98. Chugga Chugga Choo Choo- This is one of Brother's favorite books. It is the story of a little toy train that chugs through a boy's room. (He has created a very imaginative track using his toys.) It has inspired us to create our own fun "track" out of toys that winds through the den and take Brother's Thomas trains for a little spin. This is an activity I still have to help with (a lot) but I know I am planting a seed of creativity: one day Brother will create these imaginative tracks all on his own!
99. Happy Toilet Paper Trails...- I saw this one on the Family Fun website. You take a roll of toilet paper and wind it all through the house- around table legs, up stairs, into closets and out again, etc. and have your toddler follow it from beginning to end. It's always fun to have a little treat at the end, like a cookie or a sheet of stickers. Then, make it a game to go backwards and collect all the toilet paper. Is it wasteful? Not if you use it the next day to make Clean Mud! (See # 100 of this post.)
100. Clean Mud - Take a large, shallow pan or a big bowl (a dishpan is a nice size) and into it grate one bar of white Ivory soap. Let your toddler tear a roll of toilet paper into small bits (as small as possible- you might want to go behind him and tear up any big pieces) and add it into the pan. Then pour in warm water (warm so the soap can dissolve) and mix until you get a nice fluffy texture. It should feel like thick Cool Whip. Too much water makes it too soupy. This is a fun one to play with, and it smells great!
Bonus: Costume jewelry- When I was a little girl, one of my favorite things to do was go through my grandmother's "junk jewelry." (This was her costume stuff that is actually fairly collectible today.) She gave it to me in lovely old jewelry case with lots of compartments and drawers, and I've added a few of my own "junky" pieces to it. My kids love to sort through it all, identifying each item, asking me to recall the origin of each item. Beyond the obvious appeal of going through and handling each piece, a cache of jewelry has so many possiblities for creative play. It can be a pirate's treasure, a source for the dress-up closet, a mermaid's secret box, etc. Just one IMPORTANT NOTE: I don't let them play with the jewelry box out of my sight. (Not until they're much older, at least.) I read an article about a little girl who swallowed a cheap metal charm from one of those freebie necklaces that come with toys and she died of lead poisioning within a week. Not knowing what metals are in old jewelry, I do two things: 1) I don't let them play with it unless I'm paying attention to them and 2) I took out all the items that were made only of metal and kept the plastic, beaded, and wooden pieces. However, you still have to be careful about not letting them mouth things because there are still little metal clamps, jump rings, etc. Not to mention that almost all jewelry is a choking hazard. Still, if you're there with them, they love to sort through the jewelry, especially if they're feeling under the weather. It's a nice sick-day activity. Just please WATCH them!!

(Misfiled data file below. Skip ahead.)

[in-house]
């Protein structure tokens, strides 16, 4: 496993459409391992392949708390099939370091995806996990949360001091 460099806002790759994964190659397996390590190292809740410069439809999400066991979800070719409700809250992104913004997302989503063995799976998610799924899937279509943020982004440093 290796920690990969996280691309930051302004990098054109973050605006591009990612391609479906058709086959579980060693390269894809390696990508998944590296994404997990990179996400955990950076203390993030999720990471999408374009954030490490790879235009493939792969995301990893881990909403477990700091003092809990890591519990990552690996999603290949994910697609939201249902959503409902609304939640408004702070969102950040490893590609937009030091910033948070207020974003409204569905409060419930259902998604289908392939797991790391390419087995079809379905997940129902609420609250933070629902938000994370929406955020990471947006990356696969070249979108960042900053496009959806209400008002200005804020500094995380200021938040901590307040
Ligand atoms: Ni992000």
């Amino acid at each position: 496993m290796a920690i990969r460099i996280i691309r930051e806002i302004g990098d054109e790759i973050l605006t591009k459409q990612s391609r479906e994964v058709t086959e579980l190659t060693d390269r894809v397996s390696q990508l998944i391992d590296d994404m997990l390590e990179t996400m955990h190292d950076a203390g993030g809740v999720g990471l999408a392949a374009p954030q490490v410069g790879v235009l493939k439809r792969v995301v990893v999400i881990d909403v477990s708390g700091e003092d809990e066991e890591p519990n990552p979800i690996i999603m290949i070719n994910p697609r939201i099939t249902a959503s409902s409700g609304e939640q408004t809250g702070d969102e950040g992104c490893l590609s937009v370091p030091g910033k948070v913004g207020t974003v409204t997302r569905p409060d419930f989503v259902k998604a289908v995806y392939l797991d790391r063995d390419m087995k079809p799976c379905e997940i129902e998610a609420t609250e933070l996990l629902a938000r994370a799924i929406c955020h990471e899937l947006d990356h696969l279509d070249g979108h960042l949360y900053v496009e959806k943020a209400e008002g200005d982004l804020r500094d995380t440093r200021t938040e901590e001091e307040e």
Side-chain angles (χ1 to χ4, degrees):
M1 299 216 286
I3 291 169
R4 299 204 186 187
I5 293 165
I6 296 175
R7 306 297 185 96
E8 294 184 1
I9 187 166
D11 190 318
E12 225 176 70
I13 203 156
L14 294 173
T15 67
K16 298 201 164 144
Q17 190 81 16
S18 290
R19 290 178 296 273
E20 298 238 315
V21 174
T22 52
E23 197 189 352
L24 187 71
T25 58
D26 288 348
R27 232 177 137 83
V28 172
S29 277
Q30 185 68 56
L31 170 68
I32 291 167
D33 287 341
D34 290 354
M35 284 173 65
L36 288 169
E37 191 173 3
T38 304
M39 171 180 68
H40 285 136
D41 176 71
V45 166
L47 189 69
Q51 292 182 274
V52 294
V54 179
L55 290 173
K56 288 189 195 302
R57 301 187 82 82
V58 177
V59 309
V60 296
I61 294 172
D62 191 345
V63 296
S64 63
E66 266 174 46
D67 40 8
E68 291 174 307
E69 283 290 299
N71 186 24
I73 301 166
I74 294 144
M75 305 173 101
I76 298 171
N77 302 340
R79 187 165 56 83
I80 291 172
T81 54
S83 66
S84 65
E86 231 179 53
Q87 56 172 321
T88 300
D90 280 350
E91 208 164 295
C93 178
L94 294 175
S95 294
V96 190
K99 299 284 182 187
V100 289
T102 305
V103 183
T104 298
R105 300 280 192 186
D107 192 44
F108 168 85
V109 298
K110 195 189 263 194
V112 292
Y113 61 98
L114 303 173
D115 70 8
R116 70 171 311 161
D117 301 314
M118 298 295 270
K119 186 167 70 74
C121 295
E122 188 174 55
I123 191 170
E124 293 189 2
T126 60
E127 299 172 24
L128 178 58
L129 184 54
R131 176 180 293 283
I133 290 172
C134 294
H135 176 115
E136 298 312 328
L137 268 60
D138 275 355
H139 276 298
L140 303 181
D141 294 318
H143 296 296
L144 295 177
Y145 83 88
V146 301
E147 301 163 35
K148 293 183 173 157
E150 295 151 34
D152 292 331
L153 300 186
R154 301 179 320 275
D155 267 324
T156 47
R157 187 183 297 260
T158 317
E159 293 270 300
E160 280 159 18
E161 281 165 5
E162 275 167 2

So, there you have it. 50 more ideas. Put them with Beth's and it's 100. Add in the ideas you find in Blogland and it's even more! I hope it helps you have some fun times with your kiddos!
Whew! I'm pooped- that was a lot of blogging!
I'm going on a little beach trip this week so I'll be gone until Friday. Have a great week everyone!!